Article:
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Verisign charges the registrars $7.85 for each .com domain, and I don't think that includes the icann fee.
So they can't be spreading those coupons like wildfire and keep selling at a loss.

Real investors shouldn't be chasing coupons to save a few bucks here and there imho :)

This sucks for us in the domain business but perhaps GoDaddy will have a change of mind sometime down the road when they see so many people leaving for other cheaper or better registrars.
That's the whole point, why use godaddy or bother with coupons if there are cheaper/better registrars ? :)
 

DavidH

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Are we all really so bothered about saving up to say $7 on a domain name registration?

If we were to choose fewer but much better quality names that we could sell more easily to end users, is that amount really going to make such a difference?

If we put as much time and energy that we spent looking for coupons instead into looking for better quality names and finding more potential end users, would we not be rather better off?

I am as guilty as anyone in the past, but who is to say that there is not a better way ..... ?

Just my 2 cents!
 

Jen-Sin

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Cheap domain registrations do help restrict the supply of available names, which is not a bad thing for the industry.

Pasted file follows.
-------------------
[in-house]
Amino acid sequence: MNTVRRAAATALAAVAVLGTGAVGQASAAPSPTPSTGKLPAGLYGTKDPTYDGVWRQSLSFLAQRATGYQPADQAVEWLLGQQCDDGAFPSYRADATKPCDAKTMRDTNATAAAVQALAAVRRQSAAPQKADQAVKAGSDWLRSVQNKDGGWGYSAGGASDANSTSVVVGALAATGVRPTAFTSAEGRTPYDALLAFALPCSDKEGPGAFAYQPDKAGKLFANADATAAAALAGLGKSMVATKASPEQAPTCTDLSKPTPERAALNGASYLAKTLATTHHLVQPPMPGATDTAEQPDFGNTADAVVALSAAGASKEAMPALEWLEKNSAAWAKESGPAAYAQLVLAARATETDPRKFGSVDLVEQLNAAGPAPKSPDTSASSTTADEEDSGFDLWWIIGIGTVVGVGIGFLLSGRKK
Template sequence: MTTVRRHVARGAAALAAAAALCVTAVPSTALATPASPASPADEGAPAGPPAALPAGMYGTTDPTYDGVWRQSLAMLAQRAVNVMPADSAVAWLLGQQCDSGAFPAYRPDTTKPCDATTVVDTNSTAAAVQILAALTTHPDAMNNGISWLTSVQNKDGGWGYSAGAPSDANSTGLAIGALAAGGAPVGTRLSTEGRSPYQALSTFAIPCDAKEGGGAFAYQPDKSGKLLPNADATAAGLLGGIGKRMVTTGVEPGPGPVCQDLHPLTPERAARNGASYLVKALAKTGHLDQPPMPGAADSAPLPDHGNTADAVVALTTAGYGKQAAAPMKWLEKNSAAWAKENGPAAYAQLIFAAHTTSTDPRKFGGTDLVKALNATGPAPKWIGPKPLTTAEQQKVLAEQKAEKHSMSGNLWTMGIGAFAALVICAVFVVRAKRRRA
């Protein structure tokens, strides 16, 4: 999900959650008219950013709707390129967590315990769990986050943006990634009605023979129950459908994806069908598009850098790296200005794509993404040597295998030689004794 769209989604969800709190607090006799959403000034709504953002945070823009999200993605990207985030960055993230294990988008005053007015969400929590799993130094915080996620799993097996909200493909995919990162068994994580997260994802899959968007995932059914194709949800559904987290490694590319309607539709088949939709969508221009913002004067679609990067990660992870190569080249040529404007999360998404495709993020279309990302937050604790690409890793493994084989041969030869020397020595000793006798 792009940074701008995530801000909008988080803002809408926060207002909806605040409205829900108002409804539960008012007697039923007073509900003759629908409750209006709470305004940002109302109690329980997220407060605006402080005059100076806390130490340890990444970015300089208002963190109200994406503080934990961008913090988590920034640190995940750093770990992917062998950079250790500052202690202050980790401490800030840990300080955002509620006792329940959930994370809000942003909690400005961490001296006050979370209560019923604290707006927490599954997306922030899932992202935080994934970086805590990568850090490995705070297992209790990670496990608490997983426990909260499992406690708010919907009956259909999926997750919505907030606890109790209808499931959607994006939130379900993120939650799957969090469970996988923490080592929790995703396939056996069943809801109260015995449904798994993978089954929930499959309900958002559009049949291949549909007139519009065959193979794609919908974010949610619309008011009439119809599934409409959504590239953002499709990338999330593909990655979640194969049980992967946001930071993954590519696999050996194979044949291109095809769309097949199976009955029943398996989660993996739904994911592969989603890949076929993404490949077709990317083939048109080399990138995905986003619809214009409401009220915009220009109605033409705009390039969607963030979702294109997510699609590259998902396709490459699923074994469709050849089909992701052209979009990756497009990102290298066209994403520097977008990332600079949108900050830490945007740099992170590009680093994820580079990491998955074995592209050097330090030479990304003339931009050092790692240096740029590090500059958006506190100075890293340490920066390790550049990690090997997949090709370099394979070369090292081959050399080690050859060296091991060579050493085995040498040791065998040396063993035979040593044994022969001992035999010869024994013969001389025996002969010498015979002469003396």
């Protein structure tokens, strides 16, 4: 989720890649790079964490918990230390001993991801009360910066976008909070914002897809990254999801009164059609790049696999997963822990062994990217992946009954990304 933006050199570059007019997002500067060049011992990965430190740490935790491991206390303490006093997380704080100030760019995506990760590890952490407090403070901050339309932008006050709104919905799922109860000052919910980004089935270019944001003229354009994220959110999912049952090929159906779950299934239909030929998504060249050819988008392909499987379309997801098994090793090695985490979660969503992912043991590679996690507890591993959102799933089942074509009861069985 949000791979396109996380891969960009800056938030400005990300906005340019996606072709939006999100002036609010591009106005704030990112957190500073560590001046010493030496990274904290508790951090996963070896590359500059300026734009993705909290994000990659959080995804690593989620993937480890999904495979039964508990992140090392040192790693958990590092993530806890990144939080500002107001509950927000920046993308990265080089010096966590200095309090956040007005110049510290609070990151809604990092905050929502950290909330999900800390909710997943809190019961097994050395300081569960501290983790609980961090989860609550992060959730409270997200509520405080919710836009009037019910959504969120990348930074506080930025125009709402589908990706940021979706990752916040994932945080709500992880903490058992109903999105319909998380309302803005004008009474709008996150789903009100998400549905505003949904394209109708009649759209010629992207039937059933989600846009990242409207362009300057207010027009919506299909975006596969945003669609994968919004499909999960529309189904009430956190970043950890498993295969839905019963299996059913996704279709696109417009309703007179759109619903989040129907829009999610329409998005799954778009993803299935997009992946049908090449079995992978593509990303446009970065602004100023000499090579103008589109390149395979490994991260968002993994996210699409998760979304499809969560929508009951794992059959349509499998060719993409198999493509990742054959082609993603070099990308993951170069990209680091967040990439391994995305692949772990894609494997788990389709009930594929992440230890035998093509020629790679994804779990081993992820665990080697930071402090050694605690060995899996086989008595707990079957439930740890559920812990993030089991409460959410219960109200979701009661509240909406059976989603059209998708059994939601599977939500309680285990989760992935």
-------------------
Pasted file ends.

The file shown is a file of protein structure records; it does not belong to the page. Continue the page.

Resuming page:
ulterios

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Verisign charges the registrars $7.85 for each .com domain, and I don't think that includes the icann fee.
So they can't be spreading those coupons like wildfire and keep selling at a loss.

Real investors shouldn't be chasing coupons to save a few bucks here and there imho :)

That's the whole point, why use godaddy or bother with coupons if there are cheaper/better registrars ? :)
Well, GoDaddy is trying to make the loss up by charging high renewal fees. Also, people who aren't going to renew then will see them off cheap and the new domain owner will renew them sometimes. They also have the chance to make their money back and then some if the domains aren't getting renewed that eventually go to GoDaddy auctions, closeouts, etc.